Tuesday, July 27, 2010

18th Century Frocks and Fashions (or, Frolicks in Williamsburg, volume the second)

The Lady Dunmore Ball Gown, on display in the milliner's shop

I may be forging a career in literary studies, but my second calling has always been historic fashion and period costume reproduction. As a special treat to coordinate with the additional re-enactors in town for Under the Redcoat, the CW Costume Design Center put together several one-off programs. The first was a one-on-one costume clinic at the CDC, to which I ambitiously carried a basket-full of in-progress garments. Of course, we only found the time to chat about one (a blue flowered quarter-back gown copied from Janet Arnold), but the time spent was tremendously helpful, and I’m so grateful CW thought to offer such a unique opportunity.

The second CDC program we attended was an afternoon lecture by Brenda Rosseau (CDC director) and Tom Hammond (supervisor of research and design), which addressed the CDC’s approach to reproducing extant garments and how these reproductions are used to complement historic area programming and other CW initiatives. Highlights discussed in detail included a gorgeous embroidered yellow “court suit” (the production process was unbelievably complicated, as you can imagine!)

and the reproduction of a Chinese painted silk from a gown in the CW collection. The latter was made for artist-in-residence Mamie Gummer’s visit in May, and Brenda described the years of laborious attempts to replicate successfully the original stunning painted design. Their solution – a most unconventionally modern one in the costuming world! – worked incredibly well, and from even a foot away, you could not tell the difference between that and a truly painted textile!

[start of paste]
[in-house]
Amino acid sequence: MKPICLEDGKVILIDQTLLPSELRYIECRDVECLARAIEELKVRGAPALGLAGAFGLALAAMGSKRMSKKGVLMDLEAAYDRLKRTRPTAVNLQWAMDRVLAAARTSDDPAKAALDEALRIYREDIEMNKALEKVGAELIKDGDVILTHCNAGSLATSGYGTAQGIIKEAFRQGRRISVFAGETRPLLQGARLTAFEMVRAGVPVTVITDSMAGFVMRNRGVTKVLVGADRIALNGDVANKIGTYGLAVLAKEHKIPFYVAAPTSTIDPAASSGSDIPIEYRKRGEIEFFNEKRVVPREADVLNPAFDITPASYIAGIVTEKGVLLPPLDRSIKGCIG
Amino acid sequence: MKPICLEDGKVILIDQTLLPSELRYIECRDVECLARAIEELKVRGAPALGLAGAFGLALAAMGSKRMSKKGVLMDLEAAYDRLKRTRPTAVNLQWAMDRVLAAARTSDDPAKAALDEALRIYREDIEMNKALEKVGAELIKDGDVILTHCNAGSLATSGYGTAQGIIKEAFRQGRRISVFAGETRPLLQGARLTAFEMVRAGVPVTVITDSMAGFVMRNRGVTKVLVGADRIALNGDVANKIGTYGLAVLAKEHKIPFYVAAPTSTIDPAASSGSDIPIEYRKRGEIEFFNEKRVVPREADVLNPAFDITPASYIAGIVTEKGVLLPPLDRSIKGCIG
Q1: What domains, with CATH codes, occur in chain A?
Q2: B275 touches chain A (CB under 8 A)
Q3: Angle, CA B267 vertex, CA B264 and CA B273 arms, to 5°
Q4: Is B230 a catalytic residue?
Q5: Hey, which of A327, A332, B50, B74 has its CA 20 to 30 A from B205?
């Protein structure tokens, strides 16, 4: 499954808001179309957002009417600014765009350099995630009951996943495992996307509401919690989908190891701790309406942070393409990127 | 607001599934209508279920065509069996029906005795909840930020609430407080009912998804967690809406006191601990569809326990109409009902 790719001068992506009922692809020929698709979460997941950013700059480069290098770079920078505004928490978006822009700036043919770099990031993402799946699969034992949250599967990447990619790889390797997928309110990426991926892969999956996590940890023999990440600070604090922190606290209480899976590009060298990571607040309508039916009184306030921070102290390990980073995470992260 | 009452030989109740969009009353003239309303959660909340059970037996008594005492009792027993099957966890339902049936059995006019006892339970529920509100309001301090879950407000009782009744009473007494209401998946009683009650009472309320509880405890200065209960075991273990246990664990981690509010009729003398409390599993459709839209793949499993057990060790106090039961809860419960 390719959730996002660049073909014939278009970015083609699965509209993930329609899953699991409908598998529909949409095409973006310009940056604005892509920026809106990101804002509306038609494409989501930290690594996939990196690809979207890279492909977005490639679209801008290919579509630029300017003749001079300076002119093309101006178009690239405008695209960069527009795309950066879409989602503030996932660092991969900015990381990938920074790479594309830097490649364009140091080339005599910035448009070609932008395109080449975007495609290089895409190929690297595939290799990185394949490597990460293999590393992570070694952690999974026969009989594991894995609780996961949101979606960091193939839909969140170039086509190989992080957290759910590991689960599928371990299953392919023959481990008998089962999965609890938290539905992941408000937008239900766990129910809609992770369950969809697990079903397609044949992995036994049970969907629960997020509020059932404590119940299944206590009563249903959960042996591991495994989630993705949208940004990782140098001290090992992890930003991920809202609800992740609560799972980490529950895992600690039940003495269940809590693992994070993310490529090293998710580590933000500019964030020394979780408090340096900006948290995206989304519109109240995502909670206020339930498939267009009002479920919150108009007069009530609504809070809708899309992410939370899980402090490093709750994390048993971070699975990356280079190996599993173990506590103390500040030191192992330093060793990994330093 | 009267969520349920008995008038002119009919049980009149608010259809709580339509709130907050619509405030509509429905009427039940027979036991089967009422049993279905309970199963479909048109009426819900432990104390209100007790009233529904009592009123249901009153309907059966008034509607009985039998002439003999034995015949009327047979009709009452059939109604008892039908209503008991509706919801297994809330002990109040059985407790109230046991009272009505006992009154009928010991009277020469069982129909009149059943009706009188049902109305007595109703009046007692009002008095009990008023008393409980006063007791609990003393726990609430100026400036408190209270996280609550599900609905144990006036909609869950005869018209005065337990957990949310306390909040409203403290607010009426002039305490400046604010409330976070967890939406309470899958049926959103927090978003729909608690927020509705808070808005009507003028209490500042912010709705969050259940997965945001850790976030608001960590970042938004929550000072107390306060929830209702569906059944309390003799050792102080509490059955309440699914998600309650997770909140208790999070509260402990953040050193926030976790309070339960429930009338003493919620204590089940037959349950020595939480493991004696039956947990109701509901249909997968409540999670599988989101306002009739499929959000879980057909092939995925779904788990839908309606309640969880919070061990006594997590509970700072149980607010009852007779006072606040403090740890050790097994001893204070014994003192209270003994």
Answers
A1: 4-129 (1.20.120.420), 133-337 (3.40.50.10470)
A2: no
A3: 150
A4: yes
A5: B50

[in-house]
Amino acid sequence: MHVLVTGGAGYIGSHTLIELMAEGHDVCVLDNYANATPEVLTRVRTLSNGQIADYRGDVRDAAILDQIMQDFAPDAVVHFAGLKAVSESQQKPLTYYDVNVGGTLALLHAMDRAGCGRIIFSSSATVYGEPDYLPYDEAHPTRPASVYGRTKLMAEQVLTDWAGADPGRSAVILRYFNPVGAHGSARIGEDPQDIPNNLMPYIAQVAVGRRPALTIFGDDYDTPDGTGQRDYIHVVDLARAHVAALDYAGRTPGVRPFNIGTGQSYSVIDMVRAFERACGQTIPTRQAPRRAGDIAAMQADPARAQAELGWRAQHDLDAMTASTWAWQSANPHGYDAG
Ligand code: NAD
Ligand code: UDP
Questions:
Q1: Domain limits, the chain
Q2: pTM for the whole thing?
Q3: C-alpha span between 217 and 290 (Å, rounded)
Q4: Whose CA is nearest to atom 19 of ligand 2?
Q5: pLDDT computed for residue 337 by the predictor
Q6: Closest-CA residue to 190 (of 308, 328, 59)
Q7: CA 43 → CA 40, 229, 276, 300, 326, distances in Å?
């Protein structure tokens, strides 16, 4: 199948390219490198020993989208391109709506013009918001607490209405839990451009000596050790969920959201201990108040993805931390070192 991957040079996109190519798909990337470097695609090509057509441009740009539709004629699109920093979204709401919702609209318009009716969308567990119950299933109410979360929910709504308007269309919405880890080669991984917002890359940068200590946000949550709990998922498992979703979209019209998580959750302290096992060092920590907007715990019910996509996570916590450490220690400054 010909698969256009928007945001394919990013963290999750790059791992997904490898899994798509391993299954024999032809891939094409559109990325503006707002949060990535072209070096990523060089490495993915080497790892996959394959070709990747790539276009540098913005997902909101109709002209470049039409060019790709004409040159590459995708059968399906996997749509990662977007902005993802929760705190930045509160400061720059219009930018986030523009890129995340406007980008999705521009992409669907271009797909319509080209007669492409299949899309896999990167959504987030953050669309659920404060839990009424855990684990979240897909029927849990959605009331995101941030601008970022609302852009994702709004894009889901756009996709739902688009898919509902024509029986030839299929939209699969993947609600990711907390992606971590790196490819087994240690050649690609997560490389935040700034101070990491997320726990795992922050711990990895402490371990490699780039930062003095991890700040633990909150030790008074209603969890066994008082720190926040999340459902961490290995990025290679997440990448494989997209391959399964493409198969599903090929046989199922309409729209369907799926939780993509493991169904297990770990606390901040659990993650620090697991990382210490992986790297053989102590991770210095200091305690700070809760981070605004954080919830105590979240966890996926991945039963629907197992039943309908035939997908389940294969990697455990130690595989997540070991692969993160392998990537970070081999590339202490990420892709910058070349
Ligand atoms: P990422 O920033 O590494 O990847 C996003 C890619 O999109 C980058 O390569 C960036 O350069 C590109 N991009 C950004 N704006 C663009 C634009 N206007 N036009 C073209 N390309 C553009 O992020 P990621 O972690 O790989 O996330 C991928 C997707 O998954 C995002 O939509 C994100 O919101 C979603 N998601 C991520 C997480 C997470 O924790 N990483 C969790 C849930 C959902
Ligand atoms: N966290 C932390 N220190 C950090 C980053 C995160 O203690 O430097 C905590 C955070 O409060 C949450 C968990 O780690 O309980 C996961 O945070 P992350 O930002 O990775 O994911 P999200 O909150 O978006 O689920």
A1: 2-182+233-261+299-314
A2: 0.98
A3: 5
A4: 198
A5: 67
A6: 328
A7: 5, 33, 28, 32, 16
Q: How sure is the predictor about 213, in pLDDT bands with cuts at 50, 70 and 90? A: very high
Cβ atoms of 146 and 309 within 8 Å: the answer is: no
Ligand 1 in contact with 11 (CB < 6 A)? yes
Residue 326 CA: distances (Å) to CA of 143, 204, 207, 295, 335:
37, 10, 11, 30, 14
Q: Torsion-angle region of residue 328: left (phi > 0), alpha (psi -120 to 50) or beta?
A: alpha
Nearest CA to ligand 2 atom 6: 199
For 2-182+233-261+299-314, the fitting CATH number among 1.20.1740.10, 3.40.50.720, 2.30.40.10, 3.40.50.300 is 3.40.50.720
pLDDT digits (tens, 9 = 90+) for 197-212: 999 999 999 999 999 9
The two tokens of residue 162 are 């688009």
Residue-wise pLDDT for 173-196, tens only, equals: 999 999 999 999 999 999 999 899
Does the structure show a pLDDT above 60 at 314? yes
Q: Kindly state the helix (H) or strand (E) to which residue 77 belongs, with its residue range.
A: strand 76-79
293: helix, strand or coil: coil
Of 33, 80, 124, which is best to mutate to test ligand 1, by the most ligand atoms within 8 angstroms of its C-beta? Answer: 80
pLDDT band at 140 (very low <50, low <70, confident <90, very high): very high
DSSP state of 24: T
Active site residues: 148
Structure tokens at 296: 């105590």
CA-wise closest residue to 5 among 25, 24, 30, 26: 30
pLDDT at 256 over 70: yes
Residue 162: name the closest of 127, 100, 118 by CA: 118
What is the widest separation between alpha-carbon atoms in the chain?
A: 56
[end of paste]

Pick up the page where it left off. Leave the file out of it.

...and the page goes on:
We were also shown a reproduction of one of Tasha Tudor’s donated items, a curious piece in that it doesn’t seem to be able to decide whether it wants to be a short gown or a long jacket, but it’s quite lovely and definitely a style I’d like to attempt at some point in the future.

Of course, the milliner’s/tailor’s shop is always a must-see (multiple times!) on every trip to CW, and this visit was no exception. Sarah, the milliner’s apprentice, happened to be attired in her own reproduction of a CW printed cotton gown, and I enjoyed the opportunity to pepper her with questions that I’ve been saving up for just such an occasion. I also learned how to do a mantua maker’s stitch, and am now wondering how I got on so long without it! My sincere appreciation to the ladies of the shop for so graciously indulging my numerous questions.

On display on “tailor’s day” was an in-progress white cotton (or was it a cotton blend, argh, I can’t remember now!) riding habit which immediately caught my eye and has finally succeeded (as nothing else has thus far) in inspiring me to attempt something in that “genre.” Mr. Hutter was, as always, generous and eager in his responses to my inquiries about the printing and importation of textiles in the Rev War period, and he recommended several fantastic new sources to consult on the subject.

Another extra special treat this trip was the chance to explore the study drawers in the textiles room at the DeWitt Wallace. Somehow, in all our many previous visits, we’ve never been able to time it to catch this opportunity, so I took full advantage to stare and drool and exclaim and sigh and snap away. A couple of favorites are below, including a 1756 silk satin wedding gown (who says wedding gowns weren’t white or cream until Victoria’s time?!),

these incredible quilted petticoats (can you tell which one is loom-quilted and which one is hand-stitched?),

and the original of “the” Costume Close-up jacket, which Ashley coincidentally happened to be wearing that day (which the museum textiles volunteer found most amusing!).

And finally, in celebration of their 75th year, the CDC is offering a tour of their facility every Thursday, for which we were lucky enough to secure tickets. From the sewing room, with its rafters packed end-to-end with jackets and gowns, to the fabric room stock-piled high with bolt after bolt of stunning and oh-so-hard-to-find yard goods, to the accessories room brimming (literally) with confections from head to toe, this was truly an unforgettable experience. Talk about a dream job!


lahbluebonnet said...

Wonderful write up! You're helping me remember many things I forgot! I have got to see the special collections in the drawers. I've never done that before. That's neat to learn a new stitch. I went to Ashley's page and love her photo! LOL You look great too in your gown!

Time Traveling in Costume said...

I was given a private tour of the CDC by a friend who works in CW a couple years ago, and I also was in rapture of it. I loved seeing yours from a year later. I have my photos here: